The innovation that helped produce a dramatic leap forward in survival outcomes among patients across the spectrum of hematologic malignancies during the past decade has been continuing at a rapid pace, with the emergence of novel agents and therapeutic strategies with the potential to change treatment paradigms anew.
Thus far, the adoption of new therapies has been most pronounced in the chronic lymphocytic leukemia (CLL) field, where recently approved agents have been quickly integrated into treatment guidelines and clinical practice. The drug discovery pipeline is brimming with additional novel candidates for the treatment of patients with blood cancers, including new targeted drugs identified through the unfolding molecular characterization of these tumors.
The Pharmaceutical Research and Manufacturers of America reported that approximately 28% of 836 oncology drugs and vaccines in all stages of development are being evaluated in leukemias, multiple myeloma, and lymphomas. In recent weeks, OncLive
has interviewed leading researchers in those three categories about some of the promising therapies under development. While there are too many drugs under study to offer a complete picture, here is an overview of the experts’ outlook in certain subtypes of these malignancies.
Chronic Lymphocytic Leukemia
The PI3K inhibitor idelalisib (Zydelig) and the BTK inhibitor ibrutinib (Imbruvica) made a dramatic impact on the CLL field when they were approved in 2013 and 2014, respectively. Since then, several next-generation PI3K and BTK inhibitors, including duvelisib (IPI- 145), TGR-1202, ONO-4059, and ACP-196, have demonstrated promising data in early trials, suggesting that the newer agents may build on the success of the targeted therapies introduced in the past two years.
In addition, the novel Bcl-2 inhibitor, venetoclax (ABT-199), which received a breakthrough therapy designation from the FDA for patients with 17p deletion CLL in May 2015, has also shown potential.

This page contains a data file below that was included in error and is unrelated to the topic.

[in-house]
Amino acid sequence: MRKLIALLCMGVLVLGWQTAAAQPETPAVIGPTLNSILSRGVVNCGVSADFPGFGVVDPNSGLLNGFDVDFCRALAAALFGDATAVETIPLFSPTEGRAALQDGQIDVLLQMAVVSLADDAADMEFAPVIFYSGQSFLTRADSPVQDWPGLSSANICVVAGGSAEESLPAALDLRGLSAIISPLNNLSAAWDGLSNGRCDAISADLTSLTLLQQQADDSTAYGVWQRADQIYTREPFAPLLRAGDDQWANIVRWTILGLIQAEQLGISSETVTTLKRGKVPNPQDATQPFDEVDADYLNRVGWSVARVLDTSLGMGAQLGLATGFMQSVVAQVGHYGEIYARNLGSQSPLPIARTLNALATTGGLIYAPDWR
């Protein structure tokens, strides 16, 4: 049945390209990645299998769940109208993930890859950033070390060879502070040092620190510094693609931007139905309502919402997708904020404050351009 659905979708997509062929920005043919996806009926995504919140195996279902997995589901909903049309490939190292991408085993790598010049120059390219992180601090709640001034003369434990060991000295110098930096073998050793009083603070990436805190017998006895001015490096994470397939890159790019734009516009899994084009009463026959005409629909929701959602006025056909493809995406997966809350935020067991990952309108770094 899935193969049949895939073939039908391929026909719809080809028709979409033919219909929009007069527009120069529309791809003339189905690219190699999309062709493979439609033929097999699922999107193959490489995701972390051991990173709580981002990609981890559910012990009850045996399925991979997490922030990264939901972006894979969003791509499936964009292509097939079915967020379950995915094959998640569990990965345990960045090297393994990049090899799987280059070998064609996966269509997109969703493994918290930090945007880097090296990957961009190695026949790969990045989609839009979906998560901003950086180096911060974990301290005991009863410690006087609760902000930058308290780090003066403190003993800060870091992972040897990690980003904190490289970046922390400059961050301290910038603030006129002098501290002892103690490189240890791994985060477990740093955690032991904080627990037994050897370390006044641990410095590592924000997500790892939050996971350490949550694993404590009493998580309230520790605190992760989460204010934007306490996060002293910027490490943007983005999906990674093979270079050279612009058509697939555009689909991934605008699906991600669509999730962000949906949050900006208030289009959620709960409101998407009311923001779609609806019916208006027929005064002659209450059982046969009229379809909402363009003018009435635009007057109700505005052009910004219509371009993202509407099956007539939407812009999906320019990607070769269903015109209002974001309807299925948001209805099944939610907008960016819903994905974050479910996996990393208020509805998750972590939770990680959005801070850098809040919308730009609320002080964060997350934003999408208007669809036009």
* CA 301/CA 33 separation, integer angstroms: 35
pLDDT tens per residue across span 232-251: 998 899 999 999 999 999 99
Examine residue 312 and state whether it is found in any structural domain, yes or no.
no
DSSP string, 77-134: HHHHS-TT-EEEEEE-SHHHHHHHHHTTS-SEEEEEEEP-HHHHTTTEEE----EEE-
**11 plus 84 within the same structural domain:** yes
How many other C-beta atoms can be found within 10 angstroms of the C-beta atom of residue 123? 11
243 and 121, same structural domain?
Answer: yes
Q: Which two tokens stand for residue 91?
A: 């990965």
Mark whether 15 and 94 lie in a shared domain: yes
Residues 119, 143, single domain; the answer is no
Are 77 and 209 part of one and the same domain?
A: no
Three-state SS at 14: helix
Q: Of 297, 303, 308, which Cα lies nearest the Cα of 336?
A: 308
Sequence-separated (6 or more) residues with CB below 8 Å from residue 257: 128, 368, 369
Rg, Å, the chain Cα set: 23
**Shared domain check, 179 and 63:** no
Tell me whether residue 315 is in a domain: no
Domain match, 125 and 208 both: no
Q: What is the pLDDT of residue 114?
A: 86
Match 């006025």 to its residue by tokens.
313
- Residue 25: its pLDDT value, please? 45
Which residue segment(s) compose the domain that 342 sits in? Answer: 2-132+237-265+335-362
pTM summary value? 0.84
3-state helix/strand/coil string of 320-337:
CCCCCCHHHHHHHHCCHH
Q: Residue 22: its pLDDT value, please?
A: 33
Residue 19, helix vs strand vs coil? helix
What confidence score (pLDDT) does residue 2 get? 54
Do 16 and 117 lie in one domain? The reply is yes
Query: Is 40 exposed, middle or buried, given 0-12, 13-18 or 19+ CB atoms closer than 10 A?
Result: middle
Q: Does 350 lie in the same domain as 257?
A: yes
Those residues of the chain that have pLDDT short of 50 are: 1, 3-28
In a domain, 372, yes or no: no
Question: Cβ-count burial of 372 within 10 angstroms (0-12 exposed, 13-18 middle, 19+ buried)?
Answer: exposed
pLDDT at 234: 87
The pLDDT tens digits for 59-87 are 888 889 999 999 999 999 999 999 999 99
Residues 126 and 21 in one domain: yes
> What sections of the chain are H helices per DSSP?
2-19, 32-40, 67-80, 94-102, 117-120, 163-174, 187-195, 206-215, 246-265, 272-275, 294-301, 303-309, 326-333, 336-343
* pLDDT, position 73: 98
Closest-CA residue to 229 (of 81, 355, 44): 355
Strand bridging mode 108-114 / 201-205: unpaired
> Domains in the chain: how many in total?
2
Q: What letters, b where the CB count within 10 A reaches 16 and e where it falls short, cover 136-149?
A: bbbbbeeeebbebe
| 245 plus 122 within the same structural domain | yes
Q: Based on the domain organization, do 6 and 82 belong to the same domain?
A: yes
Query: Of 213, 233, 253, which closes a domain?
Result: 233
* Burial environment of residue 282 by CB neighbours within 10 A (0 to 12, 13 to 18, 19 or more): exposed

In a phase II study for patients with relapsed or refractory CLL harboring the 17p deletion, venetoclax met its primary endpoint for overall response rate (ORR). Full study results have not been presented; however, previous studies have shown an ORR of 79% with venetoclax in CLL, with 26% of patients experiencing a complete response, and 53% of patients experiencing a partial response.
Venetoclax is likely to be the next inhibitor approved in CLL, according to Jennifer R. Brown, MD, PhD, director of the Chronic Lymphocytic Leukemia Center at the Dana-Farber Cancer Institute and an associate professor of Medicine at Harvard Medical School.
“This drug is in very advanced clinical development and has shown excellent response rates in the order of 80% to 90% in relapsed refractory CLL,” said Brown. “Complete remission rates from 25% to 40% were observed in the combination study with rituximab. It is somewhat unique in its ability to induce complete remissions compared to other Bcl-2 inhibitors. It is in a number of registration trials, as well as combination therapy trials.
“I am very excited about ABT-199 as a novel class of inhibitors that affects Bcl-2, particularly because some of its mode of action suggests that it may be synergistic with and work well in combination with ibrutinib,” Brown added. “This could perhaps form the backbone for a potential combination therapy that is free of chemotherapy.”
In the PI3K inhibitor category, duvelisib is the most advanced in terms of clinical development. Duvelisib inhibits the delta isoforms of PI3K, as does idelalisib, and it also targets the gamma isoform. “The data with duvelisib look quite good so far,” Brown said. “In the follow-up of the phase I story, approximately 66% were still in remission at 2-years PFS [progression-free survival]. That drug is in registration trials that are ongoing.”
Another PI3K inhibitor exhibiting potential is TGR-1202, which is a delta-specific agent. “That is a next-generation molecule with a different structure, which we hope might reduce some of the hepatotoxicity that is seen with other PI3K inhibitors,” said Brown. “Efficacy data are still early and relatively immature, but the response rates with that drug in CLL look promising.”
In the realm of new BTK inhibitors, Brown points to two agents, ONO-4059 and ACP-196. “ONO-4059 had very promising phase I data a couple of years ago, and we are now awaiting additional trials,” said Brown.
“Unfortunately, no clinical data have been reported on [ACP-196]. However, [ACP-196] has a very extensive trial portfolio, including two phase III studies designed for potential registration that have been initiated. Notably, they are doing a head-to-head trial of ACP-196 versus ibrutinib in patients with relapsed CLL. It will be very interesting to see how these registration trials for these additional inhibitors develop over the next few years.”